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“Teach us to number our days that we may get a heart of wisdom.”
—Psalm 90:12

The Death of Daniel Boone, September 26, 1820

Explorer, frontiersman, professional hunter, Indian fighter, surveyor, merchant, land speculator, hero, and legend, Daniel Boone strode the stage of American history with few peers, numerous enemies, and headlines that made him famous in his own times. Seeking “elbow room” on the frontier with his longsuffering wife, their ten children, and eight children of deceased relatives, Boone became the epitome of the self-made pioneer of the American dream and the tip of the spear of Manifest Destiny.

In Emanuel Leutze’s painting Westward the Course of Empire Takes Its Way, America’s westward expansion is idealized, capturing the spirit of Manifest Destiny where many were convinced that Americans were destined to spread across the continent


The sixth of eleven children of first-generation persecuted Quakers who came to Pennsylvania from England (father) and Wales (mother), Daniel lived in a one-room log cabin with his siblings on the cusp of civilization, still in contact with Indians. He became a crack shot by his teens, with little formal education (“let the girls do the spelling and let Dan do the shooting”). After Dan”s two oldest siblings married outside the Quaker communion, his father was expelled from the church, and soon moved his tribe to North Carolina—a stepping stone to the burgeoning American frontier in the South.

Daniel Boone (1734-1820)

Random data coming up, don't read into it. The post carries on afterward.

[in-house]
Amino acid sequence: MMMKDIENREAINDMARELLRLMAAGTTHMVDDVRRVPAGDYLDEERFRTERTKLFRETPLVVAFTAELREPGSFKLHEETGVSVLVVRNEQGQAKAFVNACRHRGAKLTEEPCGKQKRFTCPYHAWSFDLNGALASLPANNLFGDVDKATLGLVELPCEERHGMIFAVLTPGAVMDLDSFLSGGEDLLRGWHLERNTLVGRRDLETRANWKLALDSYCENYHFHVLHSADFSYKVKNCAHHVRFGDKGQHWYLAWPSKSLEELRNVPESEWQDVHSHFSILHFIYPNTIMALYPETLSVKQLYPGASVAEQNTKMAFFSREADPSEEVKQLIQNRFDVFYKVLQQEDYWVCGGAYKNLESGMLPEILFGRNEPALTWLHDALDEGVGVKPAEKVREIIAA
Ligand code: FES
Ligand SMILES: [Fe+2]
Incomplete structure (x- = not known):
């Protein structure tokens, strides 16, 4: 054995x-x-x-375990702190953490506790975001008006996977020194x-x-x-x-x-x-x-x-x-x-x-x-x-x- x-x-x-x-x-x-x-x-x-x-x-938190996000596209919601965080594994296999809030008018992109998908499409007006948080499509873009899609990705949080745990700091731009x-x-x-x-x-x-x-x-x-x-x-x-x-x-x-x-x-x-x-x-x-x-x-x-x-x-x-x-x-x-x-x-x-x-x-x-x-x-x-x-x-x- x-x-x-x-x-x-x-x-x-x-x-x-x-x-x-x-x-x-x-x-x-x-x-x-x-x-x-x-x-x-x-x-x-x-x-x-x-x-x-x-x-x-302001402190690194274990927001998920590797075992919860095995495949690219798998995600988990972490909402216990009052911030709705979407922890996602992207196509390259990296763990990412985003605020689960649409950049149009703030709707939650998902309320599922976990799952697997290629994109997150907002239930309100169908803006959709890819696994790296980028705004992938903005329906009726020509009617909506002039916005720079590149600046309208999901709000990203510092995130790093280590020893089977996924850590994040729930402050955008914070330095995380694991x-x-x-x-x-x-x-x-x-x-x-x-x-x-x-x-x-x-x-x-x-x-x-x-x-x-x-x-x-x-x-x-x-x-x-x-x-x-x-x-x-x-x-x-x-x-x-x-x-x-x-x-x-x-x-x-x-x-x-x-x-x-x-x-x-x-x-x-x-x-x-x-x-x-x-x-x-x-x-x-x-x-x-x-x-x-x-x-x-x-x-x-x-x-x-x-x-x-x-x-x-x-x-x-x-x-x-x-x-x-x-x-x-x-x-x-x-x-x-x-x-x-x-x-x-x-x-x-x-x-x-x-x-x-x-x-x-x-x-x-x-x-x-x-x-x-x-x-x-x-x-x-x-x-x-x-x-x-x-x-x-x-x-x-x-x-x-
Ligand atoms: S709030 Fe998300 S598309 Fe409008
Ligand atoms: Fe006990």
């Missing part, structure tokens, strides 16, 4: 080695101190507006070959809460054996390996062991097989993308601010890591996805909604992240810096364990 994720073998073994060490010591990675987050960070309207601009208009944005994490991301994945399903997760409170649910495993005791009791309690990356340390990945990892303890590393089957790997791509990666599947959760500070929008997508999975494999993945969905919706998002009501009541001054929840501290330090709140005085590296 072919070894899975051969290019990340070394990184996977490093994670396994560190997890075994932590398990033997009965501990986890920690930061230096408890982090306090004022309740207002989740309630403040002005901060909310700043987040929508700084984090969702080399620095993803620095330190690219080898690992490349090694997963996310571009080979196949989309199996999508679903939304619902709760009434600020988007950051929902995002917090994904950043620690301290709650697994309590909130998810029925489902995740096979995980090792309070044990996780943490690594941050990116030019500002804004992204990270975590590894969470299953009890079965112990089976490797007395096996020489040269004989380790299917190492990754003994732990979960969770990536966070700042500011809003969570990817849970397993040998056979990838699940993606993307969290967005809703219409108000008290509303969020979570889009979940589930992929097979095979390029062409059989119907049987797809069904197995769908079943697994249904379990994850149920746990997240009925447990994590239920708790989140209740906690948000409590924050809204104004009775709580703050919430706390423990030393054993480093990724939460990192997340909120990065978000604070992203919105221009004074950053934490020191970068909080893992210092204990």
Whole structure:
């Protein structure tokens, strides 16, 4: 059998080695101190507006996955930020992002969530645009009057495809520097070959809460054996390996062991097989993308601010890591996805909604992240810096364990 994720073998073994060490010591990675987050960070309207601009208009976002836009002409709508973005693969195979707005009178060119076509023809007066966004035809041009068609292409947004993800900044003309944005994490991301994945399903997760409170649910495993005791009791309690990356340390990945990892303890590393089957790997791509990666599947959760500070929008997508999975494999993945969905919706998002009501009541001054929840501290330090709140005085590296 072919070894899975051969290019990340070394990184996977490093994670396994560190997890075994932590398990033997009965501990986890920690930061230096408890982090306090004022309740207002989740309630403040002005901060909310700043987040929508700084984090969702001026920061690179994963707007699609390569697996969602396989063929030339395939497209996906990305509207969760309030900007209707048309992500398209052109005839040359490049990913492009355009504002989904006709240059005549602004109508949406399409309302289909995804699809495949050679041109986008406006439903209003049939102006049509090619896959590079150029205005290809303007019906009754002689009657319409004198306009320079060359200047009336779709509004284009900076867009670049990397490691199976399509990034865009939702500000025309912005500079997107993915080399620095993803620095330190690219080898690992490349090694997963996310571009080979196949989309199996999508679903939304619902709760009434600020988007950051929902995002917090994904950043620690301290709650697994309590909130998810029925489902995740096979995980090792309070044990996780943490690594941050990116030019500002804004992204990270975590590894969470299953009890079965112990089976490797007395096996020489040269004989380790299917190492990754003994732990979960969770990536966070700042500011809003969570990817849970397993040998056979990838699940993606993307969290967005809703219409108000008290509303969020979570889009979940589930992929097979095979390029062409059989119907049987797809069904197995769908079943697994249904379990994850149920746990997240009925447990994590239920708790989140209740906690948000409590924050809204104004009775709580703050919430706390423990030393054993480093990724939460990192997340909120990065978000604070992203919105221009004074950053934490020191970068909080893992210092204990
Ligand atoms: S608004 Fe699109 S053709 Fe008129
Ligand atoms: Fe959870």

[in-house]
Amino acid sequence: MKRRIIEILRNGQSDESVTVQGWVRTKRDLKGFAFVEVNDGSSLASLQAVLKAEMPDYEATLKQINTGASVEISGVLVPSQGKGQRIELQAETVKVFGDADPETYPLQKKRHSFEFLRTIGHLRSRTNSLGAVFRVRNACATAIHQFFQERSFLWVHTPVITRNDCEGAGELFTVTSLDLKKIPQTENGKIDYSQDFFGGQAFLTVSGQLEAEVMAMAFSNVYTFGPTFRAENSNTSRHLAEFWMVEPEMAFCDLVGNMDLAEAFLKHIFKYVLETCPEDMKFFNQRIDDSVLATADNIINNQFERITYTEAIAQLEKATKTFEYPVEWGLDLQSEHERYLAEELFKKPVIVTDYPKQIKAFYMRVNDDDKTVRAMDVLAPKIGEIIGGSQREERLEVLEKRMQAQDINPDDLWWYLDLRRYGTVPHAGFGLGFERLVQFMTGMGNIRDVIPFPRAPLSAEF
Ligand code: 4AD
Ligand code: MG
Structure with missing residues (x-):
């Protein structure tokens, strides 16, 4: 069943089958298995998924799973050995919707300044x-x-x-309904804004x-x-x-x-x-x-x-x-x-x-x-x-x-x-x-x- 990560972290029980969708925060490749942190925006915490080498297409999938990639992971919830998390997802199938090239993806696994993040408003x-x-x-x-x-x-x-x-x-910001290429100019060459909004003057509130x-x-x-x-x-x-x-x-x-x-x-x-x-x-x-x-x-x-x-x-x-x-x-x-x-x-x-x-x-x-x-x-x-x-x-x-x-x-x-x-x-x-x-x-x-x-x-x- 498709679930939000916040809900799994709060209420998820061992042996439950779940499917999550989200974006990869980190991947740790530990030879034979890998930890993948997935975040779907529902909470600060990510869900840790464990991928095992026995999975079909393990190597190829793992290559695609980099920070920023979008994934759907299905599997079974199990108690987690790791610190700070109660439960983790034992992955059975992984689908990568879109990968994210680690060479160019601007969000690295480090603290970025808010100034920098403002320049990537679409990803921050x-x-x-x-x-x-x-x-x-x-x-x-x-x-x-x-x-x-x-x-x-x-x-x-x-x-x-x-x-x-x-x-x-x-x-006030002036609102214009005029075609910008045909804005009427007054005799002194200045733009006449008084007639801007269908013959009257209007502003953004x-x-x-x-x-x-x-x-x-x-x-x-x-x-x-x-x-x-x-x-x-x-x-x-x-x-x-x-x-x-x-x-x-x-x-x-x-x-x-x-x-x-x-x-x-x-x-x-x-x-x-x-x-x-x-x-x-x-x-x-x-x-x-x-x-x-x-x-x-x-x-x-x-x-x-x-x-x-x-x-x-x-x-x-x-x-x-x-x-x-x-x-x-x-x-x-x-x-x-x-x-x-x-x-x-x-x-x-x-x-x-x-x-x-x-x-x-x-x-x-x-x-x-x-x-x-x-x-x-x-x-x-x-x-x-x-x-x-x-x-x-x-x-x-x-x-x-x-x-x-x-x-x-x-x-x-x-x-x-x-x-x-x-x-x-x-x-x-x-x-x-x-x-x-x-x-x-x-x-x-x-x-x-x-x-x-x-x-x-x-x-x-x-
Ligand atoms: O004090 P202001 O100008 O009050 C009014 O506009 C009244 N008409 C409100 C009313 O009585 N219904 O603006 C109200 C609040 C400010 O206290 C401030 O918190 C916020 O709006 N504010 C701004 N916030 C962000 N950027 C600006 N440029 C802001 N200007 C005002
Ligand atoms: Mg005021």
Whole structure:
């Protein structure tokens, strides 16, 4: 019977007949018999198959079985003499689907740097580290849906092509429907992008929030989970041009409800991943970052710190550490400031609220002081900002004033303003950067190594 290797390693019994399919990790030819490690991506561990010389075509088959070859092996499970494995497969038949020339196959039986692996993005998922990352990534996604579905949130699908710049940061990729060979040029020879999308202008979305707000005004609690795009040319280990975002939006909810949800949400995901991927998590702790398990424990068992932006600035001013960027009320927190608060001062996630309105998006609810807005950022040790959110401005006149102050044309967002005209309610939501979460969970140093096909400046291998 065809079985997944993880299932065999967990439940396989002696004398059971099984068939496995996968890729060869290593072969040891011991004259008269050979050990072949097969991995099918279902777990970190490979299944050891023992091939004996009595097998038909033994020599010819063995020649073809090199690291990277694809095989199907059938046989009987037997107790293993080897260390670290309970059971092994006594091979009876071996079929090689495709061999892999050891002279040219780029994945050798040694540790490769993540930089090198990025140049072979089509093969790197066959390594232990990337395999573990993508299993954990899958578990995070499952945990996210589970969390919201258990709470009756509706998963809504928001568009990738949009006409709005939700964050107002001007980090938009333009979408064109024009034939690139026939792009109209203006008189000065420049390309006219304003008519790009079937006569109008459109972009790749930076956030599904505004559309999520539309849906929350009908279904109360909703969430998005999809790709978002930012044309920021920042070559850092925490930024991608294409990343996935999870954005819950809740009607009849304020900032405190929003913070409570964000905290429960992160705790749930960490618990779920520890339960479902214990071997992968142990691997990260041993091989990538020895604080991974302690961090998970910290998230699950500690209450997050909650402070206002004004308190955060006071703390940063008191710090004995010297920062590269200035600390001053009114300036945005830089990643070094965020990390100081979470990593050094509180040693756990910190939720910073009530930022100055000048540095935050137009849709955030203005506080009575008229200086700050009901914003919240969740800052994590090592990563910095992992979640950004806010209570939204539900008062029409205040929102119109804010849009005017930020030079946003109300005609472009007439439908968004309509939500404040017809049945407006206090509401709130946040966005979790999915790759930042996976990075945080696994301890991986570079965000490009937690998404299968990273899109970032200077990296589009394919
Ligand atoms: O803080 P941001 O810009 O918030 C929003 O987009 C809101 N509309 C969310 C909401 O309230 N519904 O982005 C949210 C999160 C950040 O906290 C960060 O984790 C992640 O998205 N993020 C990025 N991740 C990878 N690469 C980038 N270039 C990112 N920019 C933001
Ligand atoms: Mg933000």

Daniel Boone”s first war-time experience occurred as a twenty-year-old waggoner in the ill-fated Braddock expedition along the Monongahela River at the beginning of the French and Indian War in 1755. The following year he married Rebecca Bryan, a girl from a neighboring farm in the Yadkin Valley. He saw action with the local militia in the “Cherokee Uprising” in 1758. Boone supported his growing family through hunting, trapping, and the fur trade, making long treks into the wilderness of western Carolina and into Kentucky in 1767. Ever a debtor, Boone paid some of his creditors by selling off parcels of his land and moving further westward into the Yadkin Valley.

Braddock’s Expedition in 1755 was a failed attempt by British military forces to capture the French Fort Duquesne (now Downtown Pittsburgh) during the French and Indian War. The expedition was eventually defeated at the Battle of the Monongahela on July 9. The image above depicts the retreat of the mortally wounded Major-General Braddock and his troops.

He “resigned my domestic happiness,” and left home for a two-year hunting trip with five companions in 1769 “to wander through the wilderness,” thoroughly exploring Kentucky. Captured by a hunting party of the Shawnee who stole all his pelts, Boone was told that the Ohio-based tribe claimed Kentucky as their own hunting grounds, and to leave, never to return. He continued to explore and hunt in Kentucky over the next several years, packing up his family in 1773 and building a settlement with fifty other Carolina frontiersmen and their families.

Boone’s First View of Kentucky, by William Tylee Ranney, 1849

Daniel Boone escorting settlers through the Cumberland Gap